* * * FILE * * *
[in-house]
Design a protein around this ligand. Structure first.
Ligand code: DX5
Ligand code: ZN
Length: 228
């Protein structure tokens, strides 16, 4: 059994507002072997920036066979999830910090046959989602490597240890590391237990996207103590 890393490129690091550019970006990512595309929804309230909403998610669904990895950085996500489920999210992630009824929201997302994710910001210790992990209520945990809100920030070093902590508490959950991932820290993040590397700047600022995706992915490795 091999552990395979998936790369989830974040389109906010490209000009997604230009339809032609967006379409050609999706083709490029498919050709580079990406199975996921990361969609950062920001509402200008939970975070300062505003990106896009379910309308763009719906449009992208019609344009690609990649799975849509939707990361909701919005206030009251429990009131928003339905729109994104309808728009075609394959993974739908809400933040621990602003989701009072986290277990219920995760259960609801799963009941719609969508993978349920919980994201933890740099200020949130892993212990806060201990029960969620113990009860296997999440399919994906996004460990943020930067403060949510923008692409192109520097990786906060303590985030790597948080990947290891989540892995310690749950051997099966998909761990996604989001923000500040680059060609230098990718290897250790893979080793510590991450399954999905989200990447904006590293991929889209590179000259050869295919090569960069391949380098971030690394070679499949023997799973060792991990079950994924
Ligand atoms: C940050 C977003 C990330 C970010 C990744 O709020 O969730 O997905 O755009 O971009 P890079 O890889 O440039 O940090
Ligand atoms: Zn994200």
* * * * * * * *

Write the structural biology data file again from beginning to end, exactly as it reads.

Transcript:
[in-house]
Design a protein around this ligand. Structure first.
Ligand code: DX5
Ligand code: ZN
Length: 228
């Protein structure tokens, strides 16, 4: 059994507002072997920036066979999830910090046959989602490597240890590391237990996207103590 890393490129690091550019970006990512595309929804309230909403998610669904990895950085996500489920999210992630009824929201997302994710910001210790992990209520945990809100920030070093902590508490959950991932820290993040590397700047600022995706992915490795 091999552990395979998936790369989830974040389109906010490209000009997604230009339809032609967006379409050609999706083709490029498919050709580079990406199975996921990361969609950062920001509402200008939970975070300062505003990106896009379910309308763009719906449009992208019609344009690609990649799975849509939707990361909701919005206030009251429990009131928003339905729109994104309808728009075609394959993974739908809400933040621990602003989701009072986290277990219920995760259960609801799963009941719609969508993978349920919980994201933890740099200020949130892993212990806060201990029960969620113990009860296997999440399919994906996004460990943020930067403060949510923008692409192109520097990786906060303590985030790597948080990947290891989540892995310690749950051997099966998909761990996604989001923000500040680059060609230098990718290897250790893979080793510590991450399954999905989200990447904006590293991929889209590179000259050869295919090569960069391949380098971030690394070679499949023997799973060792991990079950994924
Ligand atoms: C940050 C977003 C990330 C970010 C990744 O709020 O969730 O997905 O755009 O971009 P890079 O890889 O440039 O940090
Ligand atoms: Zn994200």